Starring Jessica Chastain, Nikolaj Coster-Waldau, Megan Charpentier, Isabelle Nélisse, Daniel Kash, Javier Botet, Jane Moffat, Morgan McGarry, David Fox, Dominic Cuzzocrea, Christopher Marren
Directed by Andrés Muschietti
On the general scale:
On the B-movie scale:
If I were to judge movies solely on how much they entertained me, then Mama would rank pretty high. Not at the level of a favorite, or even a great experience, but one that simply does its job and delivers the fun supernatural thrills I’m looking for in a ghost story. The plot isn’t all that hard to figure out if you’ve seen any previous ghost story, but the creepy tactics it uses to sell itself were more than enough to win me over. I rarely get scared anymore during these kinds of films, but even after I had turned the lights back on after the movie I was still twisting my head to look behind me, convinced that Mama was there to swallow my soul.
The film opens during the 2008 financial crisis that swept the US, and one man affected by it has snapped. He kills his wife and drives away on icy, dangerous roads with his two young daughters. Their car goes over an embankment, but they survive and seek refuge in an old cabin in the woods. He clearly isn’t a horror movie fan, as you know as well as I do that you should generally turn around if you encounter a creepy old cabin in the middle of nowhere. Ah, but if they did, we wouldn’t have a film! From here, the story goes into an unexpected but fun direction, but I will say no more. In a film that hits a lot of the same notes as many other ghost stories, you need to know the least amount possible so that the film is able to play with all the cards in its deck.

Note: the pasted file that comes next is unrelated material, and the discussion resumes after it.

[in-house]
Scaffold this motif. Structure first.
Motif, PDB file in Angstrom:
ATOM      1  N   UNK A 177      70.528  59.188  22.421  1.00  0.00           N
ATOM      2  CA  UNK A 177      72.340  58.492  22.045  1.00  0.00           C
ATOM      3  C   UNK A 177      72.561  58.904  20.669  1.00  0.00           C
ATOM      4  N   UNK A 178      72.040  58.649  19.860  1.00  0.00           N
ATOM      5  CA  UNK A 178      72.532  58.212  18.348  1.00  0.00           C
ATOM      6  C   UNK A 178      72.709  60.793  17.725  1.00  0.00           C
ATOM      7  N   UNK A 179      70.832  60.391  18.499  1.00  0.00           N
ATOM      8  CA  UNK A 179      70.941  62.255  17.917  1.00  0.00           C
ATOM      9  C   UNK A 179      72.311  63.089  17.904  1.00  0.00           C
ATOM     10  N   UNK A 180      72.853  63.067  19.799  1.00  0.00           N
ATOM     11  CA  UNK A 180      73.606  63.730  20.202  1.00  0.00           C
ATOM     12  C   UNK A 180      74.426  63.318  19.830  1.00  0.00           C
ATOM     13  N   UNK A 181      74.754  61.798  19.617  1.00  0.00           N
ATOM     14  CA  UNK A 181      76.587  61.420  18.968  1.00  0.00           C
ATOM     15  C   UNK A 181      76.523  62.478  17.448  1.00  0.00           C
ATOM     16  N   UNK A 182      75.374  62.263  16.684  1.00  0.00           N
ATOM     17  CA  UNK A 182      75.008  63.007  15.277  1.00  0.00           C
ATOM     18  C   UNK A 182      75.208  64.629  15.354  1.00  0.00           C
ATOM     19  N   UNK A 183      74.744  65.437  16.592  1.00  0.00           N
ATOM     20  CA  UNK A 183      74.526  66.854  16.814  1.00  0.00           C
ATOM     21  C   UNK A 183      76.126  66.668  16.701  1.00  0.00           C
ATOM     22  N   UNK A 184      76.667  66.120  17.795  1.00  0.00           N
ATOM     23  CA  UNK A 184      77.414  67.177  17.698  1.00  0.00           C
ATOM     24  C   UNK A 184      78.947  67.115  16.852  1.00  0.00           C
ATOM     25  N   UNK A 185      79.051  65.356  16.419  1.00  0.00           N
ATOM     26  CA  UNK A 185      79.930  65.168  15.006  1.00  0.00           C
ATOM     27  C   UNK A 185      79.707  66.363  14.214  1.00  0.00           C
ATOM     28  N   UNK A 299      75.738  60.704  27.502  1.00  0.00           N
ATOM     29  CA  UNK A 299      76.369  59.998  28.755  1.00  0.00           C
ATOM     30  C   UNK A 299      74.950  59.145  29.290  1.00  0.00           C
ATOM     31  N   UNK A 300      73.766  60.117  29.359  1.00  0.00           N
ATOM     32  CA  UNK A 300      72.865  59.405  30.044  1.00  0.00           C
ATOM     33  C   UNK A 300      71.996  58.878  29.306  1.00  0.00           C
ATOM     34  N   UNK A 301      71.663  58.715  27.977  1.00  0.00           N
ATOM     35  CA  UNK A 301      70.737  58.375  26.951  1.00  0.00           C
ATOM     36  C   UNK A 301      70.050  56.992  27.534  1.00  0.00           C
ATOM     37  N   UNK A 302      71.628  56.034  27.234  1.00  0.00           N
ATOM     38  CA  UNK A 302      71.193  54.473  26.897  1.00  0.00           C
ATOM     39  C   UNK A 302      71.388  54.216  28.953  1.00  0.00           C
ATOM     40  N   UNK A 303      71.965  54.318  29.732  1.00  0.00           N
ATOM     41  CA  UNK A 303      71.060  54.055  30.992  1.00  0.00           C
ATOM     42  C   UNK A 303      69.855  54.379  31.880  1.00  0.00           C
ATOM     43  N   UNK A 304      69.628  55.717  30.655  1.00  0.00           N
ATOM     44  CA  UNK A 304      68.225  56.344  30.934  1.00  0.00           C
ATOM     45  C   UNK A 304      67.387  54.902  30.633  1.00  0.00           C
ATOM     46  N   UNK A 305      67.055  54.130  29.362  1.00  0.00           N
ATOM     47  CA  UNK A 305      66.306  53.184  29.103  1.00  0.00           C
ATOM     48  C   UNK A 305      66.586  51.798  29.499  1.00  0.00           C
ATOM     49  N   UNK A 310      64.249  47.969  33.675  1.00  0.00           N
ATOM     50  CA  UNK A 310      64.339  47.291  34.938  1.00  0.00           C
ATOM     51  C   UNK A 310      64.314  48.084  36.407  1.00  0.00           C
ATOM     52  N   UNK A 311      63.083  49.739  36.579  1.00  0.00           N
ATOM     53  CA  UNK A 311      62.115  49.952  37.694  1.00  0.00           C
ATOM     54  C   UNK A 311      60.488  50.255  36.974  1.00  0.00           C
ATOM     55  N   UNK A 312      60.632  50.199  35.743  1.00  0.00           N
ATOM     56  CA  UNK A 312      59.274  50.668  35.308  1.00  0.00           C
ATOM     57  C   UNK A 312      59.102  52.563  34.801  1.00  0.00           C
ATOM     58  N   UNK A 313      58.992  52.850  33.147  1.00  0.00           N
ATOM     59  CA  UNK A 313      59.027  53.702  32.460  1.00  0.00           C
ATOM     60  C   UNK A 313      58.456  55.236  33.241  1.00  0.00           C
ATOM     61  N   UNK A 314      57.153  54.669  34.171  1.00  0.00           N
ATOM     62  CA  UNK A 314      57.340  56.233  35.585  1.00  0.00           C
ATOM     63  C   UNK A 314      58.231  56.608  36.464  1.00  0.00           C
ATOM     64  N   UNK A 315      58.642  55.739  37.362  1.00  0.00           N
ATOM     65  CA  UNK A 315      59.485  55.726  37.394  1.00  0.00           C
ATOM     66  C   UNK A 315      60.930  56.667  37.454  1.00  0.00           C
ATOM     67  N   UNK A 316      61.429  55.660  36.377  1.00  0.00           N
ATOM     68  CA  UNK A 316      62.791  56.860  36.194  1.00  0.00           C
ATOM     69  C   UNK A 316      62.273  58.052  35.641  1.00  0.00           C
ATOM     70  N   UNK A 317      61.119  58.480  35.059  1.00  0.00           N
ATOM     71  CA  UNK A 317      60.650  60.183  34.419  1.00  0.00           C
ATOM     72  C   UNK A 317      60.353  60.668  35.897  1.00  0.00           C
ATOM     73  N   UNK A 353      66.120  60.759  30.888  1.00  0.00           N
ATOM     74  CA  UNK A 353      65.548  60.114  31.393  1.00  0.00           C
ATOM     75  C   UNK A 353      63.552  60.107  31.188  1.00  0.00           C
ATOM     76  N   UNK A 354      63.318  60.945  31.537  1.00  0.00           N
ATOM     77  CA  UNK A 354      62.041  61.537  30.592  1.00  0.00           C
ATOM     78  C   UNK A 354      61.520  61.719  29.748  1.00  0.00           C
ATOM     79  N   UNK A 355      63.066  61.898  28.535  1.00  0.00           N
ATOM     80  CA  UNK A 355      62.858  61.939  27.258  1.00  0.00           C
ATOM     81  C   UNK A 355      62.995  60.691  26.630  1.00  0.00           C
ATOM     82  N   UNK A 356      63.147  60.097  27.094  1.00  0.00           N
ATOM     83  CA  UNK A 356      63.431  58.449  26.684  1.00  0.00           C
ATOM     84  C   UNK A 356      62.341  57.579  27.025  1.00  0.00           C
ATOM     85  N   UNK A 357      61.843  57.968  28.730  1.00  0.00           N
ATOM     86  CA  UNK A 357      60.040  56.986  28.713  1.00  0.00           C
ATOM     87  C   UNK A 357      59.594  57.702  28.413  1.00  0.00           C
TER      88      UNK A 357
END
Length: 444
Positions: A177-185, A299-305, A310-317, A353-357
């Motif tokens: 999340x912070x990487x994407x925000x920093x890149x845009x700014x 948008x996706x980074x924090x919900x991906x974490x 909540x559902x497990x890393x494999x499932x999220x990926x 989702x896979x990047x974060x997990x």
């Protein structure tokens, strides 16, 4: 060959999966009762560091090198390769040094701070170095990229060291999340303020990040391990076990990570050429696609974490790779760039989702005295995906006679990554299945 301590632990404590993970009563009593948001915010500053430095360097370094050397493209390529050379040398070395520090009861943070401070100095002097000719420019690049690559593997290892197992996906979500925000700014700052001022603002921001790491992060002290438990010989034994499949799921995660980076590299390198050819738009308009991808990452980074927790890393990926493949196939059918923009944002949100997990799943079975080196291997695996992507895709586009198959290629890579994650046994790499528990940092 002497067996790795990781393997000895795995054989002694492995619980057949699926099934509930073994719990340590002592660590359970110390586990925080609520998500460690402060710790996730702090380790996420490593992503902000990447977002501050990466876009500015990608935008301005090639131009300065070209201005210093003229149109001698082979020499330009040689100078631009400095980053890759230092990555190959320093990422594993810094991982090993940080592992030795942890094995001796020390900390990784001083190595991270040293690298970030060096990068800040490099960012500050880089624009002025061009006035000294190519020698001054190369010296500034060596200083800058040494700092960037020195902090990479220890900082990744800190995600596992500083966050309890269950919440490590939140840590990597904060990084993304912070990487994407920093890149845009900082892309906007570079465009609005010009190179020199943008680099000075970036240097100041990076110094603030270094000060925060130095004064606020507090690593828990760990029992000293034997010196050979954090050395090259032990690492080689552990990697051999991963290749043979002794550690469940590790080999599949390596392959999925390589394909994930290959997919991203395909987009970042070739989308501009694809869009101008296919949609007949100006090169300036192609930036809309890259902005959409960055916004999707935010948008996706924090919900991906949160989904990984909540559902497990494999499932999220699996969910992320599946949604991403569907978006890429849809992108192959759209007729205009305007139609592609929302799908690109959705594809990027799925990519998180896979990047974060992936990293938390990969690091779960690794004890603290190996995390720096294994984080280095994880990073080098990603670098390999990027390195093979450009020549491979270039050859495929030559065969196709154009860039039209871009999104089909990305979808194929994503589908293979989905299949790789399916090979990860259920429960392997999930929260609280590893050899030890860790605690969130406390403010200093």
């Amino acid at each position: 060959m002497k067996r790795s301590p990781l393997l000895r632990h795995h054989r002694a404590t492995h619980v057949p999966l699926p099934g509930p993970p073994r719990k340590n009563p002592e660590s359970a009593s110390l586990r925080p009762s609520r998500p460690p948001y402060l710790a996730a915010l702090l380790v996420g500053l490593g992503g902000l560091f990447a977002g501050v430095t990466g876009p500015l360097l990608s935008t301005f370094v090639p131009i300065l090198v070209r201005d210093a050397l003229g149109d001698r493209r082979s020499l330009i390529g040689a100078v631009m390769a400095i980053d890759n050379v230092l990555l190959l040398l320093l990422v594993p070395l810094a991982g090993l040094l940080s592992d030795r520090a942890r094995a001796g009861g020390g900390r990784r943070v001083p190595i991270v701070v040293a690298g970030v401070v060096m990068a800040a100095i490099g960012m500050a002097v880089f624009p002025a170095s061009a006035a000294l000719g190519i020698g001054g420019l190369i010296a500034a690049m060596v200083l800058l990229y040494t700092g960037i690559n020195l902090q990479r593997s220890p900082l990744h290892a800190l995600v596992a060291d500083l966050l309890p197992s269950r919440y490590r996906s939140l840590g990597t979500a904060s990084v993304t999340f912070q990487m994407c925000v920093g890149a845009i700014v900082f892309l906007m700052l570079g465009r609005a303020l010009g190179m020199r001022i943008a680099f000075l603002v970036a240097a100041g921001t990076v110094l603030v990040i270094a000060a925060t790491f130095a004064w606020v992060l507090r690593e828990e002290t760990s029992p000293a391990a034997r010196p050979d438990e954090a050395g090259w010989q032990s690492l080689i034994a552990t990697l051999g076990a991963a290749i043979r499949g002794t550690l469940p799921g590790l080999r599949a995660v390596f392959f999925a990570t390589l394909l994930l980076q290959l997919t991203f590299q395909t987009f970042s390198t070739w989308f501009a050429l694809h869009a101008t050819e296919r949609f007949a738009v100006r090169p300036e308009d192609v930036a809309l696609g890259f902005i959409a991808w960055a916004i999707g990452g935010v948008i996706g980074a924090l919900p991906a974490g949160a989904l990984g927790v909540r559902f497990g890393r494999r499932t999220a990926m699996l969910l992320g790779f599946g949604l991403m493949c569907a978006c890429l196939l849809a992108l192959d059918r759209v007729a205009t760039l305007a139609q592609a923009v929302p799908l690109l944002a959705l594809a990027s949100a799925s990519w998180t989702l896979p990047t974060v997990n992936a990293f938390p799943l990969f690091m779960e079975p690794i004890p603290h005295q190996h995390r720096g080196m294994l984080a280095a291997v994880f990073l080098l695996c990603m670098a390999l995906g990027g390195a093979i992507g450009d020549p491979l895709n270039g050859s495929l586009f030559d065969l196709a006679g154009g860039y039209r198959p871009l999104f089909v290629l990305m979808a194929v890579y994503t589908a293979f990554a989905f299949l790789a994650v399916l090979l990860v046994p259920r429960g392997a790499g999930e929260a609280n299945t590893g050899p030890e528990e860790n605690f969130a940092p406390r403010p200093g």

The premise is a good one, or at least this version of the tried and true premise is well-told. I would have liked fewer contrived plot bits, but overall I can’t complain too much. Even when the film ventures into territory where I raised my questioning eyebrows, I was having too much fun to care. Logic has no place in something like this. I guess my main issue was how unbelievable it was to have certain characters at certain places merely to facilitate the plot the filmmakers wanted to have. Perhaps with another couple of rewrites they could have hammered these problems out. Like I said, it didn’t matter so much to me, but this will definitely lessen the film’s impact to a lot of viewers who are less kind to genre films than I am.
So this October if you’re looking for a modern ghost story that will get under your skin (and you’re not an anal, cinematic nitpicker), Mama is a great choice. I won’t say that the film is especially well-made, but there are some brilliant moments sprinkled here and there. The creep factor is always turned way up, too, although I will admit to thinking kids are a bit creepy anyway. Just go in prepared for nothing more than some enjoyable thrills, and Mama will cover you in a warm blanket of terror.